In 1955 Lou Buero became the owner of the car now repainted dark red / brown during the 1955 season Carrol Shelby drove the car to a victory at Torrey Pines. Lou Buero then had the head cylinder heads crack at the end of season races at Nassau and #0286AM would then go unseen in public for 39 years.

Ferrari 375 MM Vignale, Peterson Museum

It turns out that the reports of the car being buried in the earth were just a tad far of the mark, after Lou Buero Snr passed away his son had tried to revive #0286AM by attempting to fit a Jaguar motor and gearbox, however having failed he entombed the car in a 20ft trailer barricading it in so that no one could steal it in 1956. The myth of the car being buried in the ground stemming perhaps the inevitable Chinese Whispers over the ensuing 39 years owing to the dark red / colour of the car when it was last seen and the fact that it had been entombed in a trailer.

#0286AM was in need of a ground up restoration after spending 35 years in less than ideal conditions in Arcata, California, galvanic corrosion of the steering wheel had been so bad the wood rim of the steering wheel had dropped off ! The process began in 1994 and by 1997 Phil Hill was reunited with #0286AM and he promptly drove it to victory at the Monterey Historic Automobile Races. That same year #0286AM also won the Pebble Beach Cup at the Concours d’Elegance.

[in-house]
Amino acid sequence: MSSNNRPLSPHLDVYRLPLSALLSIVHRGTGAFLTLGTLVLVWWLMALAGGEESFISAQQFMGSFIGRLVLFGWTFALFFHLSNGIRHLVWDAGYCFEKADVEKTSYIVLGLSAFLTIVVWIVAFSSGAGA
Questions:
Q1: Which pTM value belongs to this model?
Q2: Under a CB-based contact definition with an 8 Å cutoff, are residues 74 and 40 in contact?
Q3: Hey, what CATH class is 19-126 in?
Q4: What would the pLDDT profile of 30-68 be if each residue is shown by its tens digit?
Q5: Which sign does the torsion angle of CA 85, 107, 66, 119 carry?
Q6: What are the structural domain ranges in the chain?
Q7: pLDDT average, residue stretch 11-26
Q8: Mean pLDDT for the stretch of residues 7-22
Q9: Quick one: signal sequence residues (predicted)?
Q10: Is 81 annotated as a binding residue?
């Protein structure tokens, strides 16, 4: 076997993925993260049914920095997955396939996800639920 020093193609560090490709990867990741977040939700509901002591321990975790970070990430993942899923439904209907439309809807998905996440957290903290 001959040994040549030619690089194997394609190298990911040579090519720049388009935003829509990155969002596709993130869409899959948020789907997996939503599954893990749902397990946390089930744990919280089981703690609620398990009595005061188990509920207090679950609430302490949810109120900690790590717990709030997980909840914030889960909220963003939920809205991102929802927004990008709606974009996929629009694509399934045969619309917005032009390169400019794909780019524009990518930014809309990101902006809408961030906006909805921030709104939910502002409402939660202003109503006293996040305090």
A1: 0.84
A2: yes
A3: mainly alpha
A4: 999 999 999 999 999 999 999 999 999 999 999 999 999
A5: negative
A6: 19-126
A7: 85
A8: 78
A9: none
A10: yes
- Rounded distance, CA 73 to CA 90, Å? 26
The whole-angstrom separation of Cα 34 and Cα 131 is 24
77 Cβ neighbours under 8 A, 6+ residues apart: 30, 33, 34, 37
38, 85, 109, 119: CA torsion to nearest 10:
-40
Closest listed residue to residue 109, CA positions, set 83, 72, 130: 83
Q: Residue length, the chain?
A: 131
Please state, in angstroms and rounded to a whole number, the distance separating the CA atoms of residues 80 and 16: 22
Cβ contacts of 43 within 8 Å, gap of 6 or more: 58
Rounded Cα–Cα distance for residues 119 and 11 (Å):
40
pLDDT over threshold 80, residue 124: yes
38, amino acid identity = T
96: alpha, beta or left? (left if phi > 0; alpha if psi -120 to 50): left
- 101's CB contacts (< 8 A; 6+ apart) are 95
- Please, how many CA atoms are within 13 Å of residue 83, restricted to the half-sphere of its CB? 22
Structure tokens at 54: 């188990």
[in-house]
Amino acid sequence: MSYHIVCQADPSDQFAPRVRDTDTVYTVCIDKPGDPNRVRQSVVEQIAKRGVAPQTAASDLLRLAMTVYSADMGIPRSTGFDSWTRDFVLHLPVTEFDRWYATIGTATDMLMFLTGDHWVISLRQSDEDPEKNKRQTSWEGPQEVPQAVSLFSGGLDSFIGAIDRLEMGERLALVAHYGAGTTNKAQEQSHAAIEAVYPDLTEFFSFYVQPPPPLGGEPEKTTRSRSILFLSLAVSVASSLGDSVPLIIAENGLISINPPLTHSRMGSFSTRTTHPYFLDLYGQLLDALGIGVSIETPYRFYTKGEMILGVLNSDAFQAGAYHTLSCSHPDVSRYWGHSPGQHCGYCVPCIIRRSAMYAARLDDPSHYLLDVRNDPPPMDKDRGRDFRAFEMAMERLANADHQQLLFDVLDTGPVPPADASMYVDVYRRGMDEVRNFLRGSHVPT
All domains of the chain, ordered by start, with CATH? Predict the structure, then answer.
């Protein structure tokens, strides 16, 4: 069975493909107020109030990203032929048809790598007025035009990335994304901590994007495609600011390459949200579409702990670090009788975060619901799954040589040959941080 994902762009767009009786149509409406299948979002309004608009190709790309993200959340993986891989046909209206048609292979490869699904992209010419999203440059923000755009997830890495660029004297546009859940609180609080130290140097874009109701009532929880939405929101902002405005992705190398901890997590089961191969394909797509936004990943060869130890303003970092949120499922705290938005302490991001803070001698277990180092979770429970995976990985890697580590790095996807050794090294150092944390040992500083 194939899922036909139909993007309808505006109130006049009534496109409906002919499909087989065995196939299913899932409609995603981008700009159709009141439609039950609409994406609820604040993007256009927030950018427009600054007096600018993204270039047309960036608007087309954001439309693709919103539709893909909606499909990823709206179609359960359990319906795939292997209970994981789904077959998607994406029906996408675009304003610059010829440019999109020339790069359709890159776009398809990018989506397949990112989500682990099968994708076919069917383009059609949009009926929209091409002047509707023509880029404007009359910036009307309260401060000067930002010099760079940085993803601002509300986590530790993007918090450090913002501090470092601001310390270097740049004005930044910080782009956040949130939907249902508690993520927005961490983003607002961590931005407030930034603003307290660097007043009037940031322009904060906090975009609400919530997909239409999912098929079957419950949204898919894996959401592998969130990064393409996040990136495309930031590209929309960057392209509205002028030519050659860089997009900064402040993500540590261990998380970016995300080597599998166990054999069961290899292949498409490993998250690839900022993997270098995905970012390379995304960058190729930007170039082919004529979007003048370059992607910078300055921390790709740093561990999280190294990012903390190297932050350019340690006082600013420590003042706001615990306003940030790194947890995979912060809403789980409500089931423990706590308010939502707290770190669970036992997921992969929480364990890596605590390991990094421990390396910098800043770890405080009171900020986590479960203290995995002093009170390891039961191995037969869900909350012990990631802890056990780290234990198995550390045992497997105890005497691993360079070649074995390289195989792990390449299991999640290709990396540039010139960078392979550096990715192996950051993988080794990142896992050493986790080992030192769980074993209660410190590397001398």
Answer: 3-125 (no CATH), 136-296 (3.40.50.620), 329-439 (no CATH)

My thanks to Mark Savory who was partly responsible for restoring #0286AM who’s website gives a more complete history and further photo’s of the car.

Thanks for joining me on this 137 mph edition of ‘Gettin’ a li’l psycho on tyres, I hope you will join me again tomorrow. Don’t forget to come back now !

PS Don’t forget …

Automobiliart GALPOT Seasonal Quiz

Automobiliart, Paul Chenard

December 26th – January 2nd

Win a set of Paul Chenard Greetings Cards

Sports-GT cars set, Paul Chenard

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Phil Hill, Sharknose Ferrari Set, Paul Chenard

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1934 GP Season Card set, Paul Chenard

Set 3 1934 Season

1950s Grand Prix Engines

Set 4 Grand Prix Engines of the 1950’s


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Set 5 Mike Hawthorn’s Race Cars

The Automobiliart GALPOT Seasonal Quiz will comprise 8 categories.

Overall winner chooses one set of Paul Chenard Greetings Cards from the five sets shown above.

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Which set will you choose ?

The free to enter Automobiliart GALPOT Seasonal Quiz will run from December 26th – January 2nd Entries close January 8th 2012, Winner announced January 16th 2012.

Full details on December 26th at GALPOT.

Looking for Automotive Seasonal Gift Idea’s? Visit Automobiliart Now !


Two Time World Champ – Ferrari 500 #005